Deseret News Archives
SALT LAKE CITY — President John F. Kennedy considered a speech he gave in the Salt Lake Tabernacle on this day 50 years ago among the best in his short time in the White House.
Salt Lake attorney Oscar W. McConkie Jr., who worked as Kennedy's point man during the 1960 presidential campaign, helped renowned speechwriter Ted Sorensen craft the address.
"The president's little brother, Bobby, told me that the president thought this was one of the one or two best talks he'd ever given. He had a copy of it made to give to his father and mother," McConkie said.
Kennedy's overnight stop in Salt Lake City on Sept. 26, 1963, came in the middle of a five-day, 11-state trip starting in Pennsylvania and ending in California. It marked his fifth and final visit to Utah — he came twice as a presidential candidate in 1960 and twice for Democratic fundraisers as a Massachusetts senator in 1957 and 1959.
"This was a time of huge turmoil, but the president chose to come out to little Salt Lake City and speak in the Mormon Tabernacle," said McConkie, now 87.
Thousands of Utahns greeted the president at the airport with signs such as "Welcome back Jack," "Utah for J.F.K." and "The West needs Kennedy." An estimated 125,000 people lined downtown streets to catch a glimpse of him riding in an open limousine, the same car in which he would be assassinated two months later in Dallas.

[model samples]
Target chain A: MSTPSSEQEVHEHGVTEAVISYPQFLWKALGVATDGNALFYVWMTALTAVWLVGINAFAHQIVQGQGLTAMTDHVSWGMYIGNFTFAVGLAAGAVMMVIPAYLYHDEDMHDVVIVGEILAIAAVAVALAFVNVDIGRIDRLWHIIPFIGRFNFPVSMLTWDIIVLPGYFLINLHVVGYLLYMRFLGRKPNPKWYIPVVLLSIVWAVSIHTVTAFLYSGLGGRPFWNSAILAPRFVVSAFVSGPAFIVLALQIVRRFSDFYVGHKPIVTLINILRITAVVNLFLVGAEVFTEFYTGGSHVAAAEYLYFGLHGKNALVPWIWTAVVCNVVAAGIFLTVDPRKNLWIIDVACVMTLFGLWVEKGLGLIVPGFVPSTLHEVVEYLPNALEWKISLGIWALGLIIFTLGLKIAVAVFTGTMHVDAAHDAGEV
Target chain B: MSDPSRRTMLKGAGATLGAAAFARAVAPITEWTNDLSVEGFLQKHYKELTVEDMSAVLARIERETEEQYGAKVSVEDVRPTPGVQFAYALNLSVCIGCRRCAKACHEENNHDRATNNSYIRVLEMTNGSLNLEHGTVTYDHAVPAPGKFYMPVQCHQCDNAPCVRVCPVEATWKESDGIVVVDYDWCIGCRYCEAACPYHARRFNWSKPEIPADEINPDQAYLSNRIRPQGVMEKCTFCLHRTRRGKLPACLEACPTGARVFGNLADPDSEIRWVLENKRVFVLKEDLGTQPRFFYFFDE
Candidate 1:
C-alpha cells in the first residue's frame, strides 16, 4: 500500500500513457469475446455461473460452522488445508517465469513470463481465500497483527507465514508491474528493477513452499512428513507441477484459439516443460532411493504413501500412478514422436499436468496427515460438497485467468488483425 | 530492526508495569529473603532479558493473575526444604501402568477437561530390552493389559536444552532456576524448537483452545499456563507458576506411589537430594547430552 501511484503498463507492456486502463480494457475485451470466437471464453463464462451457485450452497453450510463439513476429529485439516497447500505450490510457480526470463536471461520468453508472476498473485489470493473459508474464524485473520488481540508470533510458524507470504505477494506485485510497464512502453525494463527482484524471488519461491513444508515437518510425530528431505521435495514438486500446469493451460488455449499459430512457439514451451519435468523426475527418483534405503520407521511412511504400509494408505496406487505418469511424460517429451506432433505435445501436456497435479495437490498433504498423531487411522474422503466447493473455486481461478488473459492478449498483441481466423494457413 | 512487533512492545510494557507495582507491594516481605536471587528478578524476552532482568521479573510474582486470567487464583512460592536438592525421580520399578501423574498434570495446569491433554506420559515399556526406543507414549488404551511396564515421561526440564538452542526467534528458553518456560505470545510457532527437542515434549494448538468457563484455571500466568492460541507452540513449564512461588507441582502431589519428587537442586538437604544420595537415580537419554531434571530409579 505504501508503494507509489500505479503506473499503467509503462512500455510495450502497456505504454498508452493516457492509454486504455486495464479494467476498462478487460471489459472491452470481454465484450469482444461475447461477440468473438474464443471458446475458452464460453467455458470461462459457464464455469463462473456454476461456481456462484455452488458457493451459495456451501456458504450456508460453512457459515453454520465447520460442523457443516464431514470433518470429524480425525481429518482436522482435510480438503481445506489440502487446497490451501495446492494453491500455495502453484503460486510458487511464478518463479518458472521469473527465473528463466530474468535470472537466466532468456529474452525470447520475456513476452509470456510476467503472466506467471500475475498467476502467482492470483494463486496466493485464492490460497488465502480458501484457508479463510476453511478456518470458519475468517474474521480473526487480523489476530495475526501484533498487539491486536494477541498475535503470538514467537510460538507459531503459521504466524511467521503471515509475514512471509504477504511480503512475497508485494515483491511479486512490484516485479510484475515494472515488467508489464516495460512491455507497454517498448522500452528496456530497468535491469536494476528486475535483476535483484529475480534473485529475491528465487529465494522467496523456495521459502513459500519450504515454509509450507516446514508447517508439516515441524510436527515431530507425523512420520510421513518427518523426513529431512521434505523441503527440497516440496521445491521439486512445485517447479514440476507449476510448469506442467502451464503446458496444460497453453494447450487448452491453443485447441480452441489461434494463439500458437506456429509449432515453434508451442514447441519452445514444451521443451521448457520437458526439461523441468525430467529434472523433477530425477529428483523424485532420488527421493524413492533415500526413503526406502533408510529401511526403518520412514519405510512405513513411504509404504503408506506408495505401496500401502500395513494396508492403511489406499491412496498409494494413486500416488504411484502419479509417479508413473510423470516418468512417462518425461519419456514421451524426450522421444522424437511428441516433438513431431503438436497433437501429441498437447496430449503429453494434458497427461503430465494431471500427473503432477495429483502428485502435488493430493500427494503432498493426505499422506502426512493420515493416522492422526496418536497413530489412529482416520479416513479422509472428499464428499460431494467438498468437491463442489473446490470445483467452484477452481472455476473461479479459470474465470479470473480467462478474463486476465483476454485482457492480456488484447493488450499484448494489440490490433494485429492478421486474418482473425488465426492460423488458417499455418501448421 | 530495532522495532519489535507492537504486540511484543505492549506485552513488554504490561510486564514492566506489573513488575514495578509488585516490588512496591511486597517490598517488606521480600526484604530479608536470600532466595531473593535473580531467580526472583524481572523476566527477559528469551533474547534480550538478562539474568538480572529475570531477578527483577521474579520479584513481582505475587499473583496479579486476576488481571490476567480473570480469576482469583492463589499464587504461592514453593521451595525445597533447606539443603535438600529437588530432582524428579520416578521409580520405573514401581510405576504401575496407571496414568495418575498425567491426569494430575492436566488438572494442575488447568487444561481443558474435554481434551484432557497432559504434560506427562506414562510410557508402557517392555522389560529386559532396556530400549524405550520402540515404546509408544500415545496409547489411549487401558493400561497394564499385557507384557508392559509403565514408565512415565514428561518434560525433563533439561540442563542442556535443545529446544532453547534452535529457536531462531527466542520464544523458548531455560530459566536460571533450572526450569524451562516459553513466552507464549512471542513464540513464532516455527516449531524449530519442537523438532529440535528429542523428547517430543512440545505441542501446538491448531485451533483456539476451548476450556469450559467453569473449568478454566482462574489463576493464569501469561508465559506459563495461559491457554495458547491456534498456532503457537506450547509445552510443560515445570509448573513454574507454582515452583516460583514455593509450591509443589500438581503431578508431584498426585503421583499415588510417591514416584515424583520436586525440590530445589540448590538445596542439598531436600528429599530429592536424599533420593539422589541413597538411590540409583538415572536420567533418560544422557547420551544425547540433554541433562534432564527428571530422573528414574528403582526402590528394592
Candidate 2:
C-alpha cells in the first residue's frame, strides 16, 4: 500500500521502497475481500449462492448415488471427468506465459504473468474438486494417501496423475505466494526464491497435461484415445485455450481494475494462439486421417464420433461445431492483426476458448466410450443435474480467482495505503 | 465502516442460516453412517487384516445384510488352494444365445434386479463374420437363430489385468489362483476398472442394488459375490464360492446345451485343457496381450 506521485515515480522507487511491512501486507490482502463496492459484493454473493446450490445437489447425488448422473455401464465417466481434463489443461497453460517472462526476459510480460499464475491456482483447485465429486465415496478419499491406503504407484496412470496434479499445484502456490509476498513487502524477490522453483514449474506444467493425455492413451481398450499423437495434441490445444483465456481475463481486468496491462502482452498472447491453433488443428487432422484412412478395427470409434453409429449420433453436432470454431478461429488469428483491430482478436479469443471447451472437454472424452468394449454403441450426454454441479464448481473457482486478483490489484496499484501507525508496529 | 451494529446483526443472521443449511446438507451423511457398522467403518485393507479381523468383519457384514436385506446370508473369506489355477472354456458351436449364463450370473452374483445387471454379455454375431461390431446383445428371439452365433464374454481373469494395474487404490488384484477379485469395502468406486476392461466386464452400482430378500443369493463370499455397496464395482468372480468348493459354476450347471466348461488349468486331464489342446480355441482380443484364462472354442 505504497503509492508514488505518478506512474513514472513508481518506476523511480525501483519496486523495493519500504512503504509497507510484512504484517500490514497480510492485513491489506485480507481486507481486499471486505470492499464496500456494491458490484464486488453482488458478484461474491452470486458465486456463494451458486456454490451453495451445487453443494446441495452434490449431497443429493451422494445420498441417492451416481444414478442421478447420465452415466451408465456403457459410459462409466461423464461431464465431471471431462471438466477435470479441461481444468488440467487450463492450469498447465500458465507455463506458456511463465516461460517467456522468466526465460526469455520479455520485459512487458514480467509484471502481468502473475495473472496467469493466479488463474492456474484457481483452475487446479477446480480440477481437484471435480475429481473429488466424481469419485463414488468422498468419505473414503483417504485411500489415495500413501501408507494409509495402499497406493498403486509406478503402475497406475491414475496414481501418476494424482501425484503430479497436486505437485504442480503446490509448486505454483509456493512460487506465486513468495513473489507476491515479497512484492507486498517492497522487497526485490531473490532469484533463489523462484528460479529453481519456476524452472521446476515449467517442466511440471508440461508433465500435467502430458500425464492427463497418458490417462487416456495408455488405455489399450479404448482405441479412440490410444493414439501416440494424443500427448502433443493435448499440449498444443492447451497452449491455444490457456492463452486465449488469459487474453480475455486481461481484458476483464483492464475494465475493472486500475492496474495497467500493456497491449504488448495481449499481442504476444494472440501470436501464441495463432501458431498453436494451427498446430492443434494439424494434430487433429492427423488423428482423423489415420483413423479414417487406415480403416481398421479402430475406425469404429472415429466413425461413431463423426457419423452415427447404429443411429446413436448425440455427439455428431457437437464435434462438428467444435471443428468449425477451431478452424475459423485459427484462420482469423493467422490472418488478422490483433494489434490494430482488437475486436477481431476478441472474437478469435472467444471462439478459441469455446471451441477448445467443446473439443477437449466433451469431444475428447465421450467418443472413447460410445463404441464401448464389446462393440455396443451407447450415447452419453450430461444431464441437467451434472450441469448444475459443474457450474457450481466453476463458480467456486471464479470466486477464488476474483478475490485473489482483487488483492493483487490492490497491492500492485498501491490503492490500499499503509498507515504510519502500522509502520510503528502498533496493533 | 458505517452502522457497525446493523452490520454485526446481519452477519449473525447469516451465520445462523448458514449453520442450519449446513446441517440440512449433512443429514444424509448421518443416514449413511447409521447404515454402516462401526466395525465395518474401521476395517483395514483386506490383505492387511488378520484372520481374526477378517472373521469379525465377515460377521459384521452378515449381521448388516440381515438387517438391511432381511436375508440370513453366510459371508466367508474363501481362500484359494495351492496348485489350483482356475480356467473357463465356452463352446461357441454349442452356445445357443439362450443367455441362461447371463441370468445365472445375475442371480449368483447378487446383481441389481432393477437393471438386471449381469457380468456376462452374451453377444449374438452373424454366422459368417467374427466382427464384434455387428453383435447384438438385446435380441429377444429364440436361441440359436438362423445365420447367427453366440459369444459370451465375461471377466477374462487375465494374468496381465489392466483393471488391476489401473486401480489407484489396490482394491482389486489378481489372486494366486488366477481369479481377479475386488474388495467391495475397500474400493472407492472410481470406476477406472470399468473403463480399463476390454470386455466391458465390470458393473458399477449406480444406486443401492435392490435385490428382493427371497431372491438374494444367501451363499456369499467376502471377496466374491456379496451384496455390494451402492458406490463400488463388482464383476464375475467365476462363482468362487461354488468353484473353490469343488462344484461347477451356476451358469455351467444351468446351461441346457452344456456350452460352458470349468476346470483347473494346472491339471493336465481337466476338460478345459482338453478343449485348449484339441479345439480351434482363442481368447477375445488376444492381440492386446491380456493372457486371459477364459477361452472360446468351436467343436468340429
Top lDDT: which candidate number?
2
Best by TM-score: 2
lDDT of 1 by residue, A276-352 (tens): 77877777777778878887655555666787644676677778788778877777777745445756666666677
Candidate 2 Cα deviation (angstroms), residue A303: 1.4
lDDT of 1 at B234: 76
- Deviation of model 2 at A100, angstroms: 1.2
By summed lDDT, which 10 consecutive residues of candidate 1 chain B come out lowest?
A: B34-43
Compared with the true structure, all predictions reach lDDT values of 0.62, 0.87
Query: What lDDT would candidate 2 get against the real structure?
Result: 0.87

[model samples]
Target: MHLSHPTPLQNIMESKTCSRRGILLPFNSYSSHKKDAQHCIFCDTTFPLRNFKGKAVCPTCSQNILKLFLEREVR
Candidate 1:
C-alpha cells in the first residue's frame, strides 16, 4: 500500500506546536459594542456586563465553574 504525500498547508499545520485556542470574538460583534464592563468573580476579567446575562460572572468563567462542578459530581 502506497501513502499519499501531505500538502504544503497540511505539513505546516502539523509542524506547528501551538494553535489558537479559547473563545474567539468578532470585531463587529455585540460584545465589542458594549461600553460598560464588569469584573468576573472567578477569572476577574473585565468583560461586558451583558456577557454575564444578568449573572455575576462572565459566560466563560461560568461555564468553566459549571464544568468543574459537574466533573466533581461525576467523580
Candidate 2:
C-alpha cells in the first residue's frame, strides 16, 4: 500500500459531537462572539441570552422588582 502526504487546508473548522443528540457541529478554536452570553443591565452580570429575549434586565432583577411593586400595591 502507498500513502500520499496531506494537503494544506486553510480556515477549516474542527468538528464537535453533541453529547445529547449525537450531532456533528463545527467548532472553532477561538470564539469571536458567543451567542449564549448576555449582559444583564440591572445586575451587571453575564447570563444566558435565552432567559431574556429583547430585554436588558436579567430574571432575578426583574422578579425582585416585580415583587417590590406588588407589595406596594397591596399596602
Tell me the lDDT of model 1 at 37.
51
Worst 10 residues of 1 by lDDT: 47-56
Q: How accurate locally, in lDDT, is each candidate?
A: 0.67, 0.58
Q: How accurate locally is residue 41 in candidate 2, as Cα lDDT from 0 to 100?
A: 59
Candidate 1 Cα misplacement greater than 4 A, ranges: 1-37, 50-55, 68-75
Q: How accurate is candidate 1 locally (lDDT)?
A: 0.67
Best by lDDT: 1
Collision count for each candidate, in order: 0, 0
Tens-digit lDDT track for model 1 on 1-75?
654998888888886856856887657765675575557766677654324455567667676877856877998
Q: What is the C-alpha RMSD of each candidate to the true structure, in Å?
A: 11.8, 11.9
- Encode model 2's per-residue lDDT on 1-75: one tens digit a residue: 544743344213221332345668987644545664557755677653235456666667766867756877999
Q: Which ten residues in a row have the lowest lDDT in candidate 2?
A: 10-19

Ray Boren stood on North Temple along with his Jackson Elementary School classmates waving American flags and screaming as the motorcade headed to the airport the next morning. He had his first camera with him but as a 10-year-old seeing the president, he said he was too excited to use it.
His glee turned to sadness eight weeks later when he learned Kennedy was shot to death. Just three days earlier, his sister received for her birthday a Camelot paper doll set featuring the first family.
"I thought it was very poignant," said Boren, a retired newspaper editor. "It went from a joyous thing to a sad thing."
Kennedy spent most of the cross-country tour that took him to places such as Laramie, Wyo., and Great Falls, Mont., talking about conservation.
But in Salt Lake City, he devoted his 27-minute speech to foreign policy. He extolled the perseverance of Mormon pioneers, praised Utah's high school graduation rate and explained his vision for America as a superpower.
"The Tabernacle was filled, yet he was speaking to the nation. He was speaking to the world," said Tim Chambless of the University of Utah's Hinckley Institute of Politics, who listened to a recording of the speech this week.
Kennedy made a case that the United States could not go back to being isolationist, that it must "support the independence of nations so that one bloc cannot gain sufficient power to finally overcome us."
Chambless described it as forcefully delivered, substantive speech that set the tone for American foreign policy for the decades that followed. Kennedy, he said, convincingly reassured Americans and countries that depended on the United States that it was going to be an active player in the world because it needed to be.
Kennedy also respectfully and politely opposed his critics who called for a return to "Fortress America," Chambless said.
The 35th president took office in the midst of the Cold War and nuclear arms race with the Soviet Union. By 1963, thousands of U.S. troops were on the ground in Vietnam. He arrived in Utah a year removed from the Cuban missile crisis and construction of the Berlin Wall.
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